At the first Jewish wedding I ever went to, there was a separate, sacred space where the women gathered before the ceremony. We sang a nigun (wordless melody) on loop, drummed on our laps, and came up to the bride individually to offer her a blessing or whisper words of encouragement.
The magic in the room was palpable. As we focused our song, energy, and intention on supporting the bride, we were spiritually, mentally, and emotionally preparing her in the moments before crossing this threshold into marriage.
Jewish tradition teaches that the bride is like a queen. She is imbued with special powers on her wedding day. In some cases, she sits on an elevated chair, like a throne, during this reception. She can offer blessings of her own to her family, friends, and guests.
In many weddings, this time before the ceremony is referred to as the kabbalat panim (a kind of pre-ceremony reception) and it’s an opportunity for people to welcome and greet the bride and/or groom, offer well wishes, eat some light food, and arrive before the more formal ceremony under the chuppah (wedding canopy).
Regardless of how traditional (or not!) the wedding is, I love the concept of a dedicated space to support the person about to be married. And regardless of how you relate to marriage, it can be extremely powerful to support your friend as they transition into this new chapter in their life.
When a good friend of mine got married last winter, I helped to adapt this tradition to the context of her group of dear friends from multiple religious backgrounds. This is naturally a very accessible ritual. By simply explaining in advance what people can expect (and perhaps choosing wordless melodies rather than Hebrew songs, if you choose to include singing), this pre-wedding blessing circle can be a welcoming and wonderful space for all of the person’s closest friends.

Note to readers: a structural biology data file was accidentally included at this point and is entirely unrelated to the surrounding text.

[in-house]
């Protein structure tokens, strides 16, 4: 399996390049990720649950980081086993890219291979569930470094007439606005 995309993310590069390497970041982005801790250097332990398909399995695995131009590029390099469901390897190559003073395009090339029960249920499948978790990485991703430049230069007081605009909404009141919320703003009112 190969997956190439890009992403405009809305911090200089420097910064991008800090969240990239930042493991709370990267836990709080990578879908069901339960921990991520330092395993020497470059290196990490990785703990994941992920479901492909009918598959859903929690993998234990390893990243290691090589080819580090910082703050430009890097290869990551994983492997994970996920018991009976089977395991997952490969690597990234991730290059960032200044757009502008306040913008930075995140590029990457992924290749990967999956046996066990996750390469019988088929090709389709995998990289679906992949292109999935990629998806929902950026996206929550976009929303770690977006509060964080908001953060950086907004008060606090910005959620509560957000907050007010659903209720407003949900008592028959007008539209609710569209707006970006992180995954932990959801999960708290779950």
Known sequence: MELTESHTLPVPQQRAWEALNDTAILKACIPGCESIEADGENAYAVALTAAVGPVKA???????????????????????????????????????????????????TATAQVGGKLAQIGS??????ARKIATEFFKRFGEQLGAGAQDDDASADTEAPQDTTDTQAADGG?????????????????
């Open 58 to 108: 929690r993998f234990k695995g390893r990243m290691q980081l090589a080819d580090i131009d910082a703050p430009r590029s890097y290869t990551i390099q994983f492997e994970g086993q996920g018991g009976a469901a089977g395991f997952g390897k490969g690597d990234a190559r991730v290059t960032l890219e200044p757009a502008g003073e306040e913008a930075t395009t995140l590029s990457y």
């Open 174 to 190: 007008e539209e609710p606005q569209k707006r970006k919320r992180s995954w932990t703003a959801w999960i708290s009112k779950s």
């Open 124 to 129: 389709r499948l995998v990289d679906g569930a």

A note on gender: This pre-wedding blessing circle would be a grounding ritual for anyone getting married, of any gender. While there is a tradition of women gathering before a wedding, I encourage you to open the gathering to the closest friends (Jewish or not, women or not) of the person about to be married.
Here are my suggestions for crafting a meaningful interfaith pre-wedding blessing circle:
Weaving together different faith and spiritual traditions is an incredible way to draw on the wisdom of community as your friend navigates across the threshold toward marriage. In that spirit, I also suggest enlisting the help of everyone who is coming to contribute something vital, whether that’s preparing the food, hosting in their home, bringing materials, or driving the engaged person to the circle.
Remember, this gathering is about marking a life passage with a group who all care deeply about the engaged person — so don’t worry about it doing it perfectly! Set a clear intention and purpose for the circle first (such as honoring your friend, or helping them feel at ease before a big moment), and then get into planning the logistics.
Lastly — if you are engaged and like this idea, I encourage you to ask a friend to plan this pre-wedding blessing circle, rather than planning it yourself. Yes, this may feel like a vulnerable request! Share this article with a good friend and ask if they’d be willing to organize. The gathering will ideally feel like a gift for you to receive, rather than an event for you to orchestrate.
May this gathering of friends bring care, sweetness, and connection to a very special day. Mazal tov!
At The Well uplifts many approaches to Jewish practice. Our community draws on ancient Jewish wisdom, sometimes adapting longstanding practices to more deeply support the well-being of women and nonbinary people. See this article’s sources below. We believe Torah (sacred teachings) are always unfolding to help answer the needs of the present moment.
Liturgy, Rituals, and Customs of Jewish Weddings, My Jewish Learning
Being a Guest at a Jewish Wedding, My Jewish Learning